For anyone paying attention in the Republican Party, you should be outraged at the alleged "leadership" in the House. John Boehner's leadership has been questionable for some time now. Somehow he survived and was re-elected to Speaker of the 113th Congress. But there is rebellion brewing against him. Now The GOP leadership is reaching across the aisle to Democrats for support in light of 16 House Republicans who are set to vote against a Republican leadership-crafted closed rule on a government funding bill. However, what should be alarming is that the House Majority Whip Kevin McCarthy said he is open to ramming through bills on issues like gun control and immigration without the support of his Republican colleagues.
The rule in question was to limit amendments to the government funding bill. However, because Boehner and his posse refused to consider a vote on the amendment that would defund Obamacare, conservatives bucked Boehner on his rule.
"I think that is something being discussed on a case by case basis," said Rep. Tim Huelskamp (R-KS), one of the 16 no votes on the rule.
Republicans can afford to lose 15 to 17 votes on the rule.
The Hill reports,
Several conservatives switched their positions on the rule under pressure from interest groups that on Wednesday morning announced they intended to score votes on the rule.
Freedom Works, for example, was livid that GOP leaders refused to allow a floor vote on an amendment to defund the implementation of President Obama's healthcare law.
The conservative group sent out an action alert to its members on Wednesday under the heading "Demand Boehner Defund Obamacare."
Several of the seven lawmakers who supported passage of the bill but opposed the rule vote cited the Obamacare exclusion in explaining their votes.
"Rep. (John) Fleming (R-LA) believes, as he stated in a letter to leadership last week, that the CR [continuing resolution] was a prime opportunity to move conscience legislation that would restore protections stripped away by Obamacare," Fleming spokesman Doug Sachtleben said.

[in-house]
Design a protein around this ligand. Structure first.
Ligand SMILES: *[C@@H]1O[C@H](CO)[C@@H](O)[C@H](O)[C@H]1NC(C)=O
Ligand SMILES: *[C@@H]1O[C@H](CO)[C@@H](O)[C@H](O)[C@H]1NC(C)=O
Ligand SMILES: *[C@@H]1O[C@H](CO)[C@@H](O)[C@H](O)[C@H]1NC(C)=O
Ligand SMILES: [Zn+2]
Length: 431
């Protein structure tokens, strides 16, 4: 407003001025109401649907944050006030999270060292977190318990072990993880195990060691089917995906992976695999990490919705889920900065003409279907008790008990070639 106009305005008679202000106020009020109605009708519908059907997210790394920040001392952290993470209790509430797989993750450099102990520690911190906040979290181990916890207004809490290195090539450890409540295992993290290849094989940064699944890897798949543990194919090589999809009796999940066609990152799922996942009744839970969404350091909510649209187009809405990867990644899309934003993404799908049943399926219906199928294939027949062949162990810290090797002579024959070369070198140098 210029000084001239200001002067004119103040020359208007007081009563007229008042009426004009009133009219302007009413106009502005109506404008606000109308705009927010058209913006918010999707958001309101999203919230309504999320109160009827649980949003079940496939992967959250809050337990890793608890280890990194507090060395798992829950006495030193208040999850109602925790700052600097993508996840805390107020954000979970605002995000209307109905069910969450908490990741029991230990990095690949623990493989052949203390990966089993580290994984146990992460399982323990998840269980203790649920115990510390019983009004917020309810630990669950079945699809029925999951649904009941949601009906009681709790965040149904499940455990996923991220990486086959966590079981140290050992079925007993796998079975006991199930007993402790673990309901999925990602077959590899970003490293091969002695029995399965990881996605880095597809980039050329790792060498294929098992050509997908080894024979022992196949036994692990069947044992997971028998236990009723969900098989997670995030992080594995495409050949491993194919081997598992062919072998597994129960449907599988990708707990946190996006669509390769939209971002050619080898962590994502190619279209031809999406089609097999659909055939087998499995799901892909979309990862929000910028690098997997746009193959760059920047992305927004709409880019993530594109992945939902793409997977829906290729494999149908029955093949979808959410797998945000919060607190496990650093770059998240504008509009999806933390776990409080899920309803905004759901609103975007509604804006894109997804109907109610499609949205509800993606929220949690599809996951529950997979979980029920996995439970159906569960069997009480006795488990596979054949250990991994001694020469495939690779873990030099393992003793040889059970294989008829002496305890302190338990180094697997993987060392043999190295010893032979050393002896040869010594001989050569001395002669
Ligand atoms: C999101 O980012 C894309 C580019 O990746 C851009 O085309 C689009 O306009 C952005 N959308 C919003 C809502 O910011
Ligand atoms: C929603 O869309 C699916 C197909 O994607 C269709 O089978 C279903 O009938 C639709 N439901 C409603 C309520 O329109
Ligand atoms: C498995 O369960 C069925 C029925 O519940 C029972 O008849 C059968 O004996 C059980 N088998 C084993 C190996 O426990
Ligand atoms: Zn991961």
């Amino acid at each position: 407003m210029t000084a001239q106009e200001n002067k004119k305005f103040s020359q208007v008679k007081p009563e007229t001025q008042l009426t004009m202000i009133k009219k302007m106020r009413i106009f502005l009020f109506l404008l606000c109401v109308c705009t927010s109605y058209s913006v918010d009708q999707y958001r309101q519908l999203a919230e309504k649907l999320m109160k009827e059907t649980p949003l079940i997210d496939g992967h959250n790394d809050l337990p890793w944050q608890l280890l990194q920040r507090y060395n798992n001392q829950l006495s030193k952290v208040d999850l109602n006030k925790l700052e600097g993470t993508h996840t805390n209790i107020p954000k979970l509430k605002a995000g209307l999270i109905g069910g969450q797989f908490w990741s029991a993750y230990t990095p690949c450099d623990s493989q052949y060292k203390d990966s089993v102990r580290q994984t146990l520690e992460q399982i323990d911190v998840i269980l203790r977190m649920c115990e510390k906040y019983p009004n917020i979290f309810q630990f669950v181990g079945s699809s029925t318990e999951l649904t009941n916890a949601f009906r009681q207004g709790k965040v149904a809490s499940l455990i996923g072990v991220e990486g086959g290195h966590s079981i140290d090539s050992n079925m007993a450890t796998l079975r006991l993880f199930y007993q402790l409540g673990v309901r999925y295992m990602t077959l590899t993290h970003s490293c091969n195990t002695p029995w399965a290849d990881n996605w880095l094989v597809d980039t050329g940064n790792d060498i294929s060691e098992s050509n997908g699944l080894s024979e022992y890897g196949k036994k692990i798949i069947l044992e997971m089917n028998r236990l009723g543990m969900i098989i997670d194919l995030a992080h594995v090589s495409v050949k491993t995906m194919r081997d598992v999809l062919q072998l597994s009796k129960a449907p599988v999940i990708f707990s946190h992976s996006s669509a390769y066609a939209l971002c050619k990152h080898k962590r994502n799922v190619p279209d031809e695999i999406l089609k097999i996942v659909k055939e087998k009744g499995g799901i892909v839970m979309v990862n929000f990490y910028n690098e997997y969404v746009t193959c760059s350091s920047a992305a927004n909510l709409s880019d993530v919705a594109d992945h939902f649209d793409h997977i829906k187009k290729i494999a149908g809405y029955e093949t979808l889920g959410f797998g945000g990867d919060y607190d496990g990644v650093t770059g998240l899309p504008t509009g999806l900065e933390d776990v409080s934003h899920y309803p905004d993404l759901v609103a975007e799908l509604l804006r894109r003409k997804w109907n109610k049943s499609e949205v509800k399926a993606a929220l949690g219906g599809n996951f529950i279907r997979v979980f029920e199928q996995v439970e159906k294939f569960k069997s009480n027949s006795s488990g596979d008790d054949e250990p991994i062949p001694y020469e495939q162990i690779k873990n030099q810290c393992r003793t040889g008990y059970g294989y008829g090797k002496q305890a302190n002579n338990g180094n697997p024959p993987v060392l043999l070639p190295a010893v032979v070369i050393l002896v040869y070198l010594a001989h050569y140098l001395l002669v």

"The closed rule, that he opposed, served as a barrier to amending the CR with that important legislation," Sachtleben added.
Along with Fleming and Huelskamp, and Reps. Steve Pearce (R-NM), Mo Brooks (AL), Walter Jones (NC), Dana Rohrabacher (CA) and Ted Yoho (FL) voted against the rule but for the funding bill.
In another report by The Hill that dealt with statements by House Majority Whip Kevin McCarthy (R-CA):
Asked on CNN Sunday if more breaches of the Hastert rule on topics including gun control and immigration reform are possible if bills come over from the Senate, McCarthy didn't answer the question directly, pointing to Boehner's comments earlier in the week.
"The speaker says he wants to, if you listen to his press conference the other day, he will pass bills that the House passes," said McCarthy on CNN's "State of the Union." "He'll pass bills that the Republicans are moving forward."
The House in recent months broke the Hastert rule three times in passing bills to avoid the "fiscal cliff" by raising tax rates on some earners, Hurricane Sandy relief, and the Violence Against Women Act.
McCarthy believes that "It is better if the House does their work. We should be sending bills to the Senate."
McCarthy went on to say, "I would not underestimate the House's ability to pass an immigration bill. I think we have plenty of ideas on that and I think that we can move the ball as well."
CNN's Candy Crowley pointed out that McCarthy would not give her a straight answer on whether he would uphold the Hastert rule.
Boehner continues to face criticism of passing Democrat-backed legislation and he has never endorsed the Hastert rule, saying that he would only bring bills to the floor that were backed by a "majority of the majority."
Ben Shapiro remarks, "This is a declaration of war within the Republican ranks. And it should be deeply troubling to Republicans across the country, watching as the recently and controversially reminted House leadership continues to pursue the same political philosophy that led to a mini-rebellion in the House in January."
There's trouble brewing for House leadership and it's a good thing to call them out and hold them accountable to what they are there to do. This took place back in January, but House leadership was stubborn and didn't listen and look where that got us? More taxes. It's good that these representatives are standing up against a weak and spineless leadership that just wants to be led by the nose by the Democrats and the Obama administration. After all, one has to ask whose side those in leadership in the House are on.